Blogging is decentralized: you decide where you host, you decide which blogs you read and nobody really knows which ones you have subscribed to.
What disqualifies it as an alternative to my wish to keep friends and family up to date, is that it public by default. While there is the option to publish something as "private," there is not a lot you can then do with a privately published post.
So what if you were easily able to give your friends access to your private posts?
Here comes the Friends plugin. And with it, the downside to the solution:
You need to have your own blog to become friends with each other.
Right now, this is only implemented on WordPress, the technology is framework agnostic, though.
When everyone involved has their own blogging platform and they'd decide where they want to host, we automatically get a decentralized platform.
The technological ingredients to this are actually pretty old:
Authentication via keys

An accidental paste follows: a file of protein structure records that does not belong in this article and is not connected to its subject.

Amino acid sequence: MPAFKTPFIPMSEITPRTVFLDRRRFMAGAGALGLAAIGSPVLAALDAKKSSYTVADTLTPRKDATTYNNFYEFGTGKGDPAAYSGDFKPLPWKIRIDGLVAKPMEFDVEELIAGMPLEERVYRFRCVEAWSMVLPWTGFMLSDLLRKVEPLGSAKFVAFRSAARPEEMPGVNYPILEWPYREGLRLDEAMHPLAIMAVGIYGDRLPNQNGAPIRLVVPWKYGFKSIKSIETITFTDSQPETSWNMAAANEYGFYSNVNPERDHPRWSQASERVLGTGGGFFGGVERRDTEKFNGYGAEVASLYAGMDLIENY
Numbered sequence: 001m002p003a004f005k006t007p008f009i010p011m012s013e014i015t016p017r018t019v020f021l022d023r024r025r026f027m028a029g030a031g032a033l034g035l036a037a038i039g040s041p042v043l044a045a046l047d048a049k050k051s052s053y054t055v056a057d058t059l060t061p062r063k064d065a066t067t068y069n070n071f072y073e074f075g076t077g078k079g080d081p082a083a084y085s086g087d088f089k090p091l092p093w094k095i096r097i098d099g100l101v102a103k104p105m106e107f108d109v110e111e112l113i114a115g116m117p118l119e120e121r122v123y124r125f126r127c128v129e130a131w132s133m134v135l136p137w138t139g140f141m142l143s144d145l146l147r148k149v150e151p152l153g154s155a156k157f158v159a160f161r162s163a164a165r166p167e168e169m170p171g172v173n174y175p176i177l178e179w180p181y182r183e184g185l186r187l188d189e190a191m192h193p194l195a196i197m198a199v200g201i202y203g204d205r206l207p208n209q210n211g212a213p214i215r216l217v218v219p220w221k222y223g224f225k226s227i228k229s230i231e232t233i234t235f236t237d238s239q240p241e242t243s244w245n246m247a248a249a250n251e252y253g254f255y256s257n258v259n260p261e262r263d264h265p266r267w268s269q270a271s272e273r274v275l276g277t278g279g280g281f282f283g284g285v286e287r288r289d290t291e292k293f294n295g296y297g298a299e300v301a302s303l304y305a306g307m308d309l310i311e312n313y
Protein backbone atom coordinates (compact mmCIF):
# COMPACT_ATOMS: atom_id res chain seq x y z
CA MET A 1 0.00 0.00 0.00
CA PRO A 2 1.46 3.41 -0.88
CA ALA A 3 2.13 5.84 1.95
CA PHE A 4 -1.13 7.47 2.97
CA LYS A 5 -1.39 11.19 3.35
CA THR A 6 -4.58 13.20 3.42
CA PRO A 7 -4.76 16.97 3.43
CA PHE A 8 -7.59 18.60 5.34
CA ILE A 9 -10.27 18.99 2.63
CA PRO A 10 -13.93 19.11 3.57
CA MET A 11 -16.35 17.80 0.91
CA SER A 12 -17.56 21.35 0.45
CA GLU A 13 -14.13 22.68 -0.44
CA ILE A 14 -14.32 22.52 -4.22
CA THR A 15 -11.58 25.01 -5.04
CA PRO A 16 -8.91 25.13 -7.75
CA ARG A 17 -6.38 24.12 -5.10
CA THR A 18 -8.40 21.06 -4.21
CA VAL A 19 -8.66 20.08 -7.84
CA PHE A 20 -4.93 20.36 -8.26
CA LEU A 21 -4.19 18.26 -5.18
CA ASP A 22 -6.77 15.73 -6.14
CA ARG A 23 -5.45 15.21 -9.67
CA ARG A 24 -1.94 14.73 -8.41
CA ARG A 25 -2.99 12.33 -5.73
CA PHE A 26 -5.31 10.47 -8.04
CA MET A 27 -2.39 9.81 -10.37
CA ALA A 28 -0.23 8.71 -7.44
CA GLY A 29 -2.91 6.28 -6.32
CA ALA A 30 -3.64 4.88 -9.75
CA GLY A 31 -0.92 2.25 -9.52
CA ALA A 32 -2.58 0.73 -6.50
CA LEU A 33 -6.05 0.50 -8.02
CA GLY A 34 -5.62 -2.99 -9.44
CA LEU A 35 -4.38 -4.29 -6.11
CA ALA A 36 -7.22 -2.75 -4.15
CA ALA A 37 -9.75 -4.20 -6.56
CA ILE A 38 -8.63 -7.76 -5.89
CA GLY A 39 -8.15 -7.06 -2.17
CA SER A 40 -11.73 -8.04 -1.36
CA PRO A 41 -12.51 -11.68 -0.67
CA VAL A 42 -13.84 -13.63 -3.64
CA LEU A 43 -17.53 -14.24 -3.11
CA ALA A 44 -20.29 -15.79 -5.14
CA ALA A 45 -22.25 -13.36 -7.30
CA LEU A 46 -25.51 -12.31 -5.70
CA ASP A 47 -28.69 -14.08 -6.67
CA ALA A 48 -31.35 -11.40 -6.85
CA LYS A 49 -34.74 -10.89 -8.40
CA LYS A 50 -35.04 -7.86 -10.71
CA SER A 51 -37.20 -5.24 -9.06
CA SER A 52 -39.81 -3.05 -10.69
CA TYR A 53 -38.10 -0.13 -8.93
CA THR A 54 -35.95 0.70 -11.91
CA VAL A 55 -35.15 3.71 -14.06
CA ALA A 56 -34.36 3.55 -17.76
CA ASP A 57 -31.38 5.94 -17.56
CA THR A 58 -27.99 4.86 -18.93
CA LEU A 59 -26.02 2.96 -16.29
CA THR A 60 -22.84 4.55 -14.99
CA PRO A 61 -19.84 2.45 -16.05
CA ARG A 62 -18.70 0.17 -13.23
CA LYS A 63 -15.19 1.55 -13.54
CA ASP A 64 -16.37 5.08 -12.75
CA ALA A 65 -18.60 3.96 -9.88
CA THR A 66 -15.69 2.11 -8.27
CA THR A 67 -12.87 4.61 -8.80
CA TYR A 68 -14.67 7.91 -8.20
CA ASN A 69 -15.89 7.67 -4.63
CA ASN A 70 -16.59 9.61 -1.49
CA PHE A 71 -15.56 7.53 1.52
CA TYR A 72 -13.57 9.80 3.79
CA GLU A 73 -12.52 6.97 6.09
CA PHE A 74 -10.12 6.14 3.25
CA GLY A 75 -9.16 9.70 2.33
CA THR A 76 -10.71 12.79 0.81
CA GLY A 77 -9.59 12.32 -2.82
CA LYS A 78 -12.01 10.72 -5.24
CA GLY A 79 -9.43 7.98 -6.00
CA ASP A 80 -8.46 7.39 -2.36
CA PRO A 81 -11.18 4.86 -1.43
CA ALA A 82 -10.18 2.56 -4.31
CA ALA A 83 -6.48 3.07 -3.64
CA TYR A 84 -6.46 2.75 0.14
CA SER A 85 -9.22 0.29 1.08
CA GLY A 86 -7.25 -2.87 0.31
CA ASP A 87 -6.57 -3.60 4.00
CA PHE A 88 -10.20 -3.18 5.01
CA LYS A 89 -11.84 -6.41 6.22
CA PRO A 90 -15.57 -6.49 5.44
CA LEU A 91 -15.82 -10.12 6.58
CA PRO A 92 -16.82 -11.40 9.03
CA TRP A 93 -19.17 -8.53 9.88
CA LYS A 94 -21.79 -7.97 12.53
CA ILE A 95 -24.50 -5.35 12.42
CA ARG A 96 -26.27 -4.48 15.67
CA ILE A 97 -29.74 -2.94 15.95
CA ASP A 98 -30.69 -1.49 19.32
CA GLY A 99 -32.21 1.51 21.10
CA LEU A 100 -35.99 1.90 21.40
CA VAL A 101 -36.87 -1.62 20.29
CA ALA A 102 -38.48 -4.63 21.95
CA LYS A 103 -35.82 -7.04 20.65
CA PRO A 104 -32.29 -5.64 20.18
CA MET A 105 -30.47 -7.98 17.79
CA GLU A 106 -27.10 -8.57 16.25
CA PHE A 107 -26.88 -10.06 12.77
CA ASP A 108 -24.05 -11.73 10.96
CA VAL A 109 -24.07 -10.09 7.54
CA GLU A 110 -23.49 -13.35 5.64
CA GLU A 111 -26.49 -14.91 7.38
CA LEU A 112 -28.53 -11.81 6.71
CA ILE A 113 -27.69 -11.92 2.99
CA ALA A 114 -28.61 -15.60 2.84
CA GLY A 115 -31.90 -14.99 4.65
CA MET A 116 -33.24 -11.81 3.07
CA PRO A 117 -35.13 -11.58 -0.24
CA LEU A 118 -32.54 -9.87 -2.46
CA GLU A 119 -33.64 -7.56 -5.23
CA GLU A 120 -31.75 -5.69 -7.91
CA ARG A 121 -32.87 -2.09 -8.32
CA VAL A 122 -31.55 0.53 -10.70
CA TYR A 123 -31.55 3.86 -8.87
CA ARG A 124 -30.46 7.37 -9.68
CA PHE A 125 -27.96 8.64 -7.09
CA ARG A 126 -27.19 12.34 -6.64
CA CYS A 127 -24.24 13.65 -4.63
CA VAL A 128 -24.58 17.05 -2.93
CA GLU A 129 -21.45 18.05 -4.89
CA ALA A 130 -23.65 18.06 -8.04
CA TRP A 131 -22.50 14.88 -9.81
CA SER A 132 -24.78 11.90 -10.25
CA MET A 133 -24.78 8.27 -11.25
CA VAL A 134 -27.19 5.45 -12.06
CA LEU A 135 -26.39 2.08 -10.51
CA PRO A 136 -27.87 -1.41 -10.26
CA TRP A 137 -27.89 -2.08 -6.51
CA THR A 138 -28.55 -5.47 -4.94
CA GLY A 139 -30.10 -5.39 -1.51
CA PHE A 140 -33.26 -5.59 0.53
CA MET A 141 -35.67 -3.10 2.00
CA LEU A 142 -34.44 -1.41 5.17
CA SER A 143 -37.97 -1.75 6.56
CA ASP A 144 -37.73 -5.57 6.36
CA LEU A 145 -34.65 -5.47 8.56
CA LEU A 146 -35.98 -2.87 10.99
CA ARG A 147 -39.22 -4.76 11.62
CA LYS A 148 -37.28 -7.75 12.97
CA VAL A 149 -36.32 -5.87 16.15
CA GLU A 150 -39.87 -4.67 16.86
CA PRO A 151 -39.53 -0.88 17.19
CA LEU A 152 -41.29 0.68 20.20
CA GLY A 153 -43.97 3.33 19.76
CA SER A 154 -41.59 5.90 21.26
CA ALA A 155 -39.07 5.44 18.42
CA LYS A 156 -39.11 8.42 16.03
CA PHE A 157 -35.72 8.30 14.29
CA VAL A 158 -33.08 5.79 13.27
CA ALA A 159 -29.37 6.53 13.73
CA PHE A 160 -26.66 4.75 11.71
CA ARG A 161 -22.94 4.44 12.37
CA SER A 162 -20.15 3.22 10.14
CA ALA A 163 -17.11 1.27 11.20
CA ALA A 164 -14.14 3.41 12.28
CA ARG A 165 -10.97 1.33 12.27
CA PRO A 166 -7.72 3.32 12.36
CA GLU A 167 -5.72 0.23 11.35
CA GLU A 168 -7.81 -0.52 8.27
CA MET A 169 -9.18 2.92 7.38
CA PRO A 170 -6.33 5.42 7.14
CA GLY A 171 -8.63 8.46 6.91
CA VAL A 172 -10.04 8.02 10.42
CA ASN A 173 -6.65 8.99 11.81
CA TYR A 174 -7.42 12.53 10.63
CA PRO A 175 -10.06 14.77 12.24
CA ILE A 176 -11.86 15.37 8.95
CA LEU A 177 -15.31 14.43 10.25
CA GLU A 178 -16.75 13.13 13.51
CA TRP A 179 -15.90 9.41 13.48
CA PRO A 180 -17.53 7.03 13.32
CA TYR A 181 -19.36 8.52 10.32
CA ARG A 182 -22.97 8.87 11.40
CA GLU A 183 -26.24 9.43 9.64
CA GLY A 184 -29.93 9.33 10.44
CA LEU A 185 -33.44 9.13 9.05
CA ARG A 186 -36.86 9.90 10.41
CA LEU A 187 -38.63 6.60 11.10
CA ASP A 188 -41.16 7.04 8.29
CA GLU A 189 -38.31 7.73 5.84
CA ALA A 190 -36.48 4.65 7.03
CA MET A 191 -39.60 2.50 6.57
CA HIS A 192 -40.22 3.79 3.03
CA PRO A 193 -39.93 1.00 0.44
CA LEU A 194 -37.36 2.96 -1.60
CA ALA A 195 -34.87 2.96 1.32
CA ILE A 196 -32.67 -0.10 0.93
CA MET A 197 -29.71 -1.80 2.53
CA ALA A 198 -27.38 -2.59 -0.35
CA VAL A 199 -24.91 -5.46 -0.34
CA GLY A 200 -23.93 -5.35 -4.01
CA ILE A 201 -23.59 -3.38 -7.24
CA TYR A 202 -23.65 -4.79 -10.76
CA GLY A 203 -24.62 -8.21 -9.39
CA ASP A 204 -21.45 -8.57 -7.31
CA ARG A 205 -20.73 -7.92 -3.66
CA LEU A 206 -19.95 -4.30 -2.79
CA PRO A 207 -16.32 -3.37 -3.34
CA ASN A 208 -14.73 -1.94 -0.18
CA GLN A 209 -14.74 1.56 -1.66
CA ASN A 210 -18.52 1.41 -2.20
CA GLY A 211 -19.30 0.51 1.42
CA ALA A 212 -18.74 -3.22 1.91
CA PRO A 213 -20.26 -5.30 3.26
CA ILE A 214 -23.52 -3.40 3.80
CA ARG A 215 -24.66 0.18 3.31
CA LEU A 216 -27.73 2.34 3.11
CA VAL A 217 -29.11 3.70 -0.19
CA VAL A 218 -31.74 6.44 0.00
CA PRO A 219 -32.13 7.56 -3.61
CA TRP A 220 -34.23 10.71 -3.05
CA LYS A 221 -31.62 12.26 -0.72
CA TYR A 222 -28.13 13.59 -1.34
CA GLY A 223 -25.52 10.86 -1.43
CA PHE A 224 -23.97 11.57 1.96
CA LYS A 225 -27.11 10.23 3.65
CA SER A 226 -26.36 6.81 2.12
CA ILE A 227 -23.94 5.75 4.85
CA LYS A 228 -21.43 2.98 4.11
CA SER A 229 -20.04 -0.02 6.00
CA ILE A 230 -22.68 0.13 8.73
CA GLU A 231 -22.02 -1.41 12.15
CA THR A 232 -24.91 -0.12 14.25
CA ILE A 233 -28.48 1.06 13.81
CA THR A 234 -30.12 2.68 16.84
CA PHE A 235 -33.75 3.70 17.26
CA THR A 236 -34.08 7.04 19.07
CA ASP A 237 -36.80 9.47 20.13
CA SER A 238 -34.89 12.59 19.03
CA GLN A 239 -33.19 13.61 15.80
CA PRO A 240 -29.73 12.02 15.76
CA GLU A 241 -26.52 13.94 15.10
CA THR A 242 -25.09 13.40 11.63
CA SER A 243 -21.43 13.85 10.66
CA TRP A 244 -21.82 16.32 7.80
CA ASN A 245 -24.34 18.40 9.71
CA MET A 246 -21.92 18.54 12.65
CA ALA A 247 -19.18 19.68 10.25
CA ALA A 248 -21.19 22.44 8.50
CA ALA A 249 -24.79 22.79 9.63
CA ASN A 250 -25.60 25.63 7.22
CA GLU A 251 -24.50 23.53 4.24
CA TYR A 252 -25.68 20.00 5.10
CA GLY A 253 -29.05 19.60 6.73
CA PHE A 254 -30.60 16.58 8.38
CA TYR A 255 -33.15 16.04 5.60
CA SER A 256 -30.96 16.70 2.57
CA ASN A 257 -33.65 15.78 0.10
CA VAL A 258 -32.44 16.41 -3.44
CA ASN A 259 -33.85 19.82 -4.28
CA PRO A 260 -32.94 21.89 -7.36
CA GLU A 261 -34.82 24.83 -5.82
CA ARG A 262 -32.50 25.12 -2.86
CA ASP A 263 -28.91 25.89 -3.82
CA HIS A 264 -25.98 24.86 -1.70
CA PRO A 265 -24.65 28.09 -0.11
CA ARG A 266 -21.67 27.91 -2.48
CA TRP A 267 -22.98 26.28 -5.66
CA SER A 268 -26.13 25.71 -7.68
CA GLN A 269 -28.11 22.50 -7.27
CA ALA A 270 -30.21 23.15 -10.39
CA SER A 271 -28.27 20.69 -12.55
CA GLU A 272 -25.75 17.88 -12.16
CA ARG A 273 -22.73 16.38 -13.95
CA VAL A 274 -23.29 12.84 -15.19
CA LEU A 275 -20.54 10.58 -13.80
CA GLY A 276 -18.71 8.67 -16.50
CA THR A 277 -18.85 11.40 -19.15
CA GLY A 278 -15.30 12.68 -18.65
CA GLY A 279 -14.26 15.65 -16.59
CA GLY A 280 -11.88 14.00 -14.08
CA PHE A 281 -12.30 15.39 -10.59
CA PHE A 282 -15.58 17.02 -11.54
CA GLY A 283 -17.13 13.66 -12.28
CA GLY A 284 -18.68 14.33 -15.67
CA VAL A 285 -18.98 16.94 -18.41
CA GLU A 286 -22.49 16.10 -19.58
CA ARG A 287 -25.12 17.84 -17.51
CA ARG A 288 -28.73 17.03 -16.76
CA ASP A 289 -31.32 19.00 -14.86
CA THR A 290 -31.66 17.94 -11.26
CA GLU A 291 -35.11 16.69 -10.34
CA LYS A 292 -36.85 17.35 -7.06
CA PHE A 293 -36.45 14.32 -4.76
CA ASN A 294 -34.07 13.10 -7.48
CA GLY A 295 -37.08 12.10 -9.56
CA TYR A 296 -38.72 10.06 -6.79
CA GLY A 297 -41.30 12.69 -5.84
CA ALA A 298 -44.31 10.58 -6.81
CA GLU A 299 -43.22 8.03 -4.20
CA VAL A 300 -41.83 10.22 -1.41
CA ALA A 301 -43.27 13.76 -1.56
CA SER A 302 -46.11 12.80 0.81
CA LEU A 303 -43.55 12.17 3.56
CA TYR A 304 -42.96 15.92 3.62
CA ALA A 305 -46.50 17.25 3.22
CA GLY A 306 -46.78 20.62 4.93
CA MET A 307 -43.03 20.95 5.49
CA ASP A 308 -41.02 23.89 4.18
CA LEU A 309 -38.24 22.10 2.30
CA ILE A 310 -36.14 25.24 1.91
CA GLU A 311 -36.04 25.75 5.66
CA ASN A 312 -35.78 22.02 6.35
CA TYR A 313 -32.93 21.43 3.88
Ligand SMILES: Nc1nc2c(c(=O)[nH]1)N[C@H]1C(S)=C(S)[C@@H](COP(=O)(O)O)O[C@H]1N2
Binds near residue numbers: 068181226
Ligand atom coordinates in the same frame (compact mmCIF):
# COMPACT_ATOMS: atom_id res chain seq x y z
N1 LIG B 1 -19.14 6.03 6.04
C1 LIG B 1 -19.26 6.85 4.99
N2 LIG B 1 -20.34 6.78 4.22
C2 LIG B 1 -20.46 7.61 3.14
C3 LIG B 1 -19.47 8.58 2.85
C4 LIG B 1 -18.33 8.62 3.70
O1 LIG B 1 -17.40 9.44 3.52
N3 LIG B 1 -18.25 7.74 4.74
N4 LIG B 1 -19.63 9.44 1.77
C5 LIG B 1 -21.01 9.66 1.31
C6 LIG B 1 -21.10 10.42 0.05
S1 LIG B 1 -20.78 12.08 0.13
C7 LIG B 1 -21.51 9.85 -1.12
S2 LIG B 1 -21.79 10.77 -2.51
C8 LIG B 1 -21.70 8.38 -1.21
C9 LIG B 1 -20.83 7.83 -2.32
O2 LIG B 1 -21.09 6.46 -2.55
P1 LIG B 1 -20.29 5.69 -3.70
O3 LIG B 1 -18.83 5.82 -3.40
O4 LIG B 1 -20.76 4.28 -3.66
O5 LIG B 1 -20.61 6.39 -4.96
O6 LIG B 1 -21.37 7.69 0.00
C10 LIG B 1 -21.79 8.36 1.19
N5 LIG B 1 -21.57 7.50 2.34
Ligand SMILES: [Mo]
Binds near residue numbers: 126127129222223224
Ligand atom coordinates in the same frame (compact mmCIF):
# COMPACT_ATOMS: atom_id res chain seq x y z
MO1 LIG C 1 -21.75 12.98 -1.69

After friendship has been established (this involves both parties accepting friendship and exchange private keys in the background), your server will use that key when requesting your friend's RSS feed which will in turn (since you are friends) contain private posts. And vice versa.
For commenting, you'll go to your friend's blog, it's a one-click-authentication away. This can also eliminate spam if you only allow friends to comment on your posts.
All of this is highly compatible with standard WordPress: if you want to accept a friend request on your mobile phone, use the WordPress iOS or Android app and change that user's role to "Friend."
Chicken-and-egg problem: I use a social network because all my friends are there.
So why use a social network that not all of your friends use (yet)? Because the Friends plugin is actually a pretty decent way to consume RSS feeds.
Since it is based on RSS, it means you can also subscribe any blog or website that offers this well-established way of distributing content.
As you are in control of the server, you can also decide what you're interested in and tailor the feeds to your liking: you can define rules for incoming feed items and ignore posts you know you won't be interested in.